Der Krieg, der nicht stattfand
The land in-between
Macedonia is an example of how the EU is perfectly capable of achieving success in foreign affairs. In 2001, with the support of NATO, it forced the conflicting parties to sit down at the negotiating table. This resulted in the Ohrid Agreement, which guaranteed more rights for Albanians. Also, the status of the Albanian language was improved. Return to Europe has even found Slavic Macedonians who attend Albanian language courses because it might help boost their careers. This is truly revolutionary. When you hear Prime Minister Nikola Gruevski, social democrat Radmila Šekerinska, rebel leader Ali Ahmeti and the EU’s chief diplomat Javier Solana talk about how war was avoided here, you cannot help but think about Macedonia’s neighbour Serbia, where discrimination against and oppression of the Albanians did culminate in war, and eventually in the secession of Kosovo. All that did not happen in Macedonia, but it could so easily have done.
The film reveals that the Macedonians’ willingness to cooperate has not thus far delivered the desired economic results. Macedonian industry lies in ruins; the official unemployment rate is over twenty percent; and the country is far from experiencing the boom experienced in neighbouring Bulgaria. In the wake of the dissolution of Yugoslavia, Macedonia has lost many important markets. The small state is making little progress, something which is exacerbated by the dispute with Greece over the country’s name. Macedonia remains a land in-between.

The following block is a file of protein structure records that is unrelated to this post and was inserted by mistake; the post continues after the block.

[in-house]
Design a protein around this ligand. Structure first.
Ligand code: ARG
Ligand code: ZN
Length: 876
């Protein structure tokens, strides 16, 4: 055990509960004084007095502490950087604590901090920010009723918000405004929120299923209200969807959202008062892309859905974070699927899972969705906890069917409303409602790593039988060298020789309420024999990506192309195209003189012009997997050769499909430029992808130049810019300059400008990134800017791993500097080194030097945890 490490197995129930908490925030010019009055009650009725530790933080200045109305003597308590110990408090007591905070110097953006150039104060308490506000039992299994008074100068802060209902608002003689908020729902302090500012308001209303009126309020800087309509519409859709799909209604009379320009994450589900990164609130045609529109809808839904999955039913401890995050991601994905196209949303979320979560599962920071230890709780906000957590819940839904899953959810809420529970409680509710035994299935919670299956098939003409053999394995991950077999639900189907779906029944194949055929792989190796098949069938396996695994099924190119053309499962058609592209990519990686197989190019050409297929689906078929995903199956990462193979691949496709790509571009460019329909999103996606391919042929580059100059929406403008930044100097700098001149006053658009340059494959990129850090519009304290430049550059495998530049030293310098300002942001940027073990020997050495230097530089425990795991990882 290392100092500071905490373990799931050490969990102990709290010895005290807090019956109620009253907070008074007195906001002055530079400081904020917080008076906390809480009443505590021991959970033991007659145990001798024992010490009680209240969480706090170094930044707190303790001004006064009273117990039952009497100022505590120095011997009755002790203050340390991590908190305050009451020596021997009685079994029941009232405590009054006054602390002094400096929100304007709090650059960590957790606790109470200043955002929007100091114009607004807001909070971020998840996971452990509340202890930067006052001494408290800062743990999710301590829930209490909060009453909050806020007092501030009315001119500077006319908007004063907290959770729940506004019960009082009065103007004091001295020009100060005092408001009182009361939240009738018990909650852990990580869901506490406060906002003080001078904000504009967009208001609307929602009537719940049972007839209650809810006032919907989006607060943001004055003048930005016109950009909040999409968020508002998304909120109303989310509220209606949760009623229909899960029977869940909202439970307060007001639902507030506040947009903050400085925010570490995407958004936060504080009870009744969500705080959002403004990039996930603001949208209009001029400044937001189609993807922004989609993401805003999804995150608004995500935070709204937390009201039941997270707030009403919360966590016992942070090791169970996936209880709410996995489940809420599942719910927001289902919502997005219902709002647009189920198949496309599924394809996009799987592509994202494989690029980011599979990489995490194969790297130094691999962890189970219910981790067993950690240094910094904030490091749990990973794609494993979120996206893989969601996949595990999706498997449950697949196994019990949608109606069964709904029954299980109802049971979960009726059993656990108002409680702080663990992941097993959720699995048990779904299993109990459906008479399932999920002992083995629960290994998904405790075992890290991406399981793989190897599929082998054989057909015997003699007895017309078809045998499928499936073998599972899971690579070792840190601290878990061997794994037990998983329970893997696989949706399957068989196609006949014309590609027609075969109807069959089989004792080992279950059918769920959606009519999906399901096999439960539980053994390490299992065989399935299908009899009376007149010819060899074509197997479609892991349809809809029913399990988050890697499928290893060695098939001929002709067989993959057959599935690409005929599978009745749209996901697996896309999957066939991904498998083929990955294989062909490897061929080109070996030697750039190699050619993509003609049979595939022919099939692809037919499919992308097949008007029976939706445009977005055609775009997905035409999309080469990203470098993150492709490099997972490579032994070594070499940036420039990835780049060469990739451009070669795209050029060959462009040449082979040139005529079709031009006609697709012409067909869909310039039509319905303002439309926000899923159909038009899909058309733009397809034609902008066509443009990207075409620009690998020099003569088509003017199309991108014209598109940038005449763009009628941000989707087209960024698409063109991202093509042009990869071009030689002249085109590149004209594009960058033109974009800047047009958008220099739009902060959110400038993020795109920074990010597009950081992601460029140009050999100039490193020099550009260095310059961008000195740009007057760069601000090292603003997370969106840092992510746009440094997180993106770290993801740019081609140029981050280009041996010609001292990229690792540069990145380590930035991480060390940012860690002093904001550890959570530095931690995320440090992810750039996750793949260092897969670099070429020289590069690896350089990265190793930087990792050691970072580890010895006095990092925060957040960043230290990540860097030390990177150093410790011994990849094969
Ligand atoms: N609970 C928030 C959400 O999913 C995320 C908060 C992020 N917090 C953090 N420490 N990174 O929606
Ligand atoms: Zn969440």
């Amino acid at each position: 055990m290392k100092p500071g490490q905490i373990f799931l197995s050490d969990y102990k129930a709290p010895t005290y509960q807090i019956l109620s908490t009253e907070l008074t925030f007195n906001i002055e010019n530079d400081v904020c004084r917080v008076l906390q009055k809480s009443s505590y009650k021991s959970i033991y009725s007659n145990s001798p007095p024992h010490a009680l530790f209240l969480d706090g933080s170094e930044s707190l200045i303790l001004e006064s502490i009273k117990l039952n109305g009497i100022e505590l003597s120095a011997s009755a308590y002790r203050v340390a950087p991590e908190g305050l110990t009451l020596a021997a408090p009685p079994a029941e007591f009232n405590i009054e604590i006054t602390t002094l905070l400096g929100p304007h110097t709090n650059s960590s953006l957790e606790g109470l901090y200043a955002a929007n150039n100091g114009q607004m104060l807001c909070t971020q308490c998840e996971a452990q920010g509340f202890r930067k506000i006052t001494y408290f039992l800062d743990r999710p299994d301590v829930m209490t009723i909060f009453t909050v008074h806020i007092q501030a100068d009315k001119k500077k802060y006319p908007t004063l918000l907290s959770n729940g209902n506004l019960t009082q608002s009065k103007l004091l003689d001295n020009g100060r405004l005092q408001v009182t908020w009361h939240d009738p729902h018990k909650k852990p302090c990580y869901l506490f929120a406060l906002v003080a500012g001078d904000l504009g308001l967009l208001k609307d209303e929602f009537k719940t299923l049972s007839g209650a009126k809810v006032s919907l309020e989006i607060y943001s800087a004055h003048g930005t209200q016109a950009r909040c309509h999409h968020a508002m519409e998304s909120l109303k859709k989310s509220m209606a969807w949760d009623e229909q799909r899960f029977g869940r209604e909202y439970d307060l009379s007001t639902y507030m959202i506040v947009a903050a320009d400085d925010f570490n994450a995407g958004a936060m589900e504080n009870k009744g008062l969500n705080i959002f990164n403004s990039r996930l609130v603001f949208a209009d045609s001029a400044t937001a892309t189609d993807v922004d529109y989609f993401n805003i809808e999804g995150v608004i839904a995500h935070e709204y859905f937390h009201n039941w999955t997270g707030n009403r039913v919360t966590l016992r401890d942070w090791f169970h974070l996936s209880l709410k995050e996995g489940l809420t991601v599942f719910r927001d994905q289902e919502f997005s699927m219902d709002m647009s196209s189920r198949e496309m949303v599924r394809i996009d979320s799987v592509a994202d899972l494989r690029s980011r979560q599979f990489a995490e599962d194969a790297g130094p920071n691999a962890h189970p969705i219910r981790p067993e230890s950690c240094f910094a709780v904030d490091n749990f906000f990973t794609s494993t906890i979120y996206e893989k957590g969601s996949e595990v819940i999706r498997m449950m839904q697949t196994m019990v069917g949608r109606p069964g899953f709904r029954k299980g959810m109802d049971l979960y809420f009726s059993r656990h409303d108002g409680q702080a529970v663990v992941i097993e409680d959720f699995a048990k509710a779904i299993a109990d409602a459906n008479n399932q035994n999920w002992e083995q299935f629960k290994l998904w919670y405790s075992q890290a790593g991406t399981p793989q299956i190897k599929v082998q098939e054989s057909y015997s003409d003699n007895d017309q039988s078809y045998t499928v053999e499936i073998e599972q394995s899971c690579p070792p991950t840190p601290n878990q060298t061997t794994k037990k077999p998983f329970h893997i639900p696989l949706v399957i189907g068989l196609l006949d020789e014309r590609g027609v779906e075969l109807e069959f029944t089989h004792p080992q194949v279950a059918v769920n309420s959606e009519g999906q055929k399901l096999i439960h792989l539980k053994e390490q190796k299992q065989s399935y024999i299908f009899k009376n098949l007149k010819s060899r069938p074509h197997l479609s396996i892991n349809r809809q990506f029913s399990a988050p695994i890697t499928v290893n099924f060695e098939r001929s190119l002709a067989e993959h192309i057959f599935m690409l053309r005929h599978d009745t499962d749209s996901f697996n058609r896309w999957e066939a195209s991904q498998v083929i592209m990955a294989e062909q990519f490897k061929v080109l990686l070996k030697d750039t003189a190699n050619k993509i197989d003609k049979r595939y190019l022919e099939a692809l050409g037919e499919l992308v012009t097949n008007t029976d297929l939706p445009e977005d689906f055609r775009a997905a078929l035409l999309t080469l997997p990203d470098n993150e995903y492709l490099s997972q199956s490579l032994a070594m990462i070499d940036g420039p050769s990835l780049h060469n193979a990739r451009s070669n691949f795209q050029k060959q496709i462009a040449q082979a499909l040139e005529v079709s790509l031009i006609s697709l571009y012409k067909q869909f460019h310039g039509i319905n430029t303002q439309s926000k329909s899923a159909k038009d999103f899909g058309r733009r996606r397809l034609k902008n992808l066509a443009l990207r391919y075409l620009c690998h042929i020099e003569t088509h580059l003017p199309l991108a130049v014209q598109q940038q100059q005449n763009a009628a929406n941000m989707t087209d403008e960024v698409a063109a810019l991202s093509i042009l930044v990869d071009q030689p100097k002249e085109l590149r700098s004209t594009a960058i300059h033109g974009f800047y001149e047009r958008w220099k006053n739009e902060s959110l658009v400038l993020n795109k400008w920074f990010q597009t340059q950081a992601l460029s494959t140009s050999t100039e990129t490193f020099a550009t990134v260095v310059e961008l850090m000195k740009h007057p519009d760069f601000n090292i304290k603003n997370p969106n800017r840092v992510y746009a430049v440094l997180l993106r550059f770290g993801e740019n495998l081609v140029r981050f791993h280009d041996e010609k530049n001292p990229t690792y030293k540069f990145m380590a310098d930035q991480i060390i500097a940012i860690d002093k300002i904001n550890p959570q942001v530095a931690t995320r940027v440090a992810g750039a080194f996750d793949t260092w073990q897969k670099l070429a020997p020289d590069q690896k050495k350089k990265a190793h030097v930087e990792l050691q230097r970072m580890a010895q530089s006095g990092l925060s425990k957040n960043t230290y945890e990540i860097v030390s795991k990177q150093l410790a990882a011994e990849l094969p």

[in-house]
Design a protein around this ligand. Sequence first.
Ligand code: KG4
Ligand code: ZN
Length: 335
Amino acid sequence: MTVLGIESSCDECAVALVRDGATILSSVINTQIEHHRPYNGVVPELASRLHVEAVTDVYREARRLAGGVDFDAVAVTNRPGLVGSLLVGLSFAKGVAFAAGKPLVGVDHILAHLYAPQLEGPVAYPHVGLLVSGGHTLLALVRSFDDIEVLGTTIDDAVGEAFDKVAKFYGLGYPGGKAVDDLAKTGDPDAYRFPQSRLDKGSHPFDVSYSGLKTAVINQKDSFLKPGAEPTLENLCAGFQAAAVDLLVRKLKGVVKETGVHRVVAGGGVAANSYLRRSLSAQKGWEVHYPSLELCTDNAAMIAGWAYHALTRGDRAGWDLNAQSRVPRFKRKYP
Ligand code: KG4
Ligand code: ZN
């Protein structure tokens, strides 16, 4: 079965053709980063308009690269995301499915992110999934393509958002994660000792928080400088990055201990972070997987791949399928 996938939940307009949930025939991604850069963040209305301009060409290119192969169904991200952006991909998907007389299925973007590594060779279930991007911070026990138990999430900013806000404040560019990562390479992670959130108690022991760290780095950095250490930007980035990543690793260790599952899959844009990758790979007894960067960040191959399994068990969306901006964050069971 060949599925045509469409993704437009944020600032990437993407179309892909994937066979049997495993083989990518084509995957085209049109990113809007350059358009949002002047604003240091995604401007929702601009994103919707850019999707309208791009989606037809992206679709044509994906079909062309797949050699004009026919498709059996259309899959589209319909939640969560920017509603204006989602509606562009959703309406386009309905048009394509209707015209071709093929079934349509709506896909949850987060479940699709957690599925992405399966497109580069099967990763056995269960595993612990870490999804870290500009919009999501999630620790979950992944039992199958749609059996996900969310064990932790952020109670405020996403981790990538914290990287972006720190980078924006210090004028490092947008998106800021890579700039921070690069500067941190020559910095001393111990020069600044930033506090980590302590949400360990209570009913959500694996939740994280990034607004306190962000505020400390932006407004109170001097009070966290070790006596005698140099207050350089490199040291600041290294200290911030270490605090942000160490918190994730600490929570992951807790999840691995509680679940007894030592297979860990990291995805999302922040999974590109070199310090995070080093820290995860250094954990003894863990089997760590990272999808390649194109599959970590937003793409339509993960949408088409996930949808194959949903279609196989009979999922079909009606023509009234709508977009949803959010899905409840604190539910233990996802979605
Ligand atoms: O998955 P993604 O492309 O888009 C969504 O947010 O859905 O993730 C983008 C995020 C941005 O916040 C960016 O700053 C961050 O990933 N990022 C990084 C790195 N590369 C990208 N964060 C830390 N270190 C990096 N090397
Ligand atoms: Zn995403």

The Serbian and Greek Orthodox Churches are not even willing to recognise the Macedonian Church. The fact that Macedonia has been granted EU candidate status has not yet attracted the expected foreign investors. Macedonia seems to be lacking the support of the rest of Europe. This state of affairs is reflected in Return to Europe’s portrayal of the Spasenoski family. They collect about 500 kilograms of chestnuts from the state forest each year – about enough to get them through the winter. Mirko Spasenoski is also a beekeeper and owns some goats. When Julieta, an Albanian, married him, she thought she had found the perfect husband; in the Yugoslavian years he worked as an engineer with Agrocop.
But from the 1980s the Spasenoskis’ life started to reflect the political and economic chaos in the country. The dignified modesty people like the Spasenoskis display in spite of their misfortune are liable to arouse feelings of shame mixed with admiration in Westerners. The lavish weddings celebrated in Macedonian villages – where Albanian economic migrants return for two months in the summer – are a striking example of the population’s zest for life. You will see banknotes poking out of cleavages, bracelets glittering on gesticulating arms, eye shadow glistening – the Ottoman legacy is visible everywhere. And the people dance, of course – despite everything. (Adelheid Wölfl)
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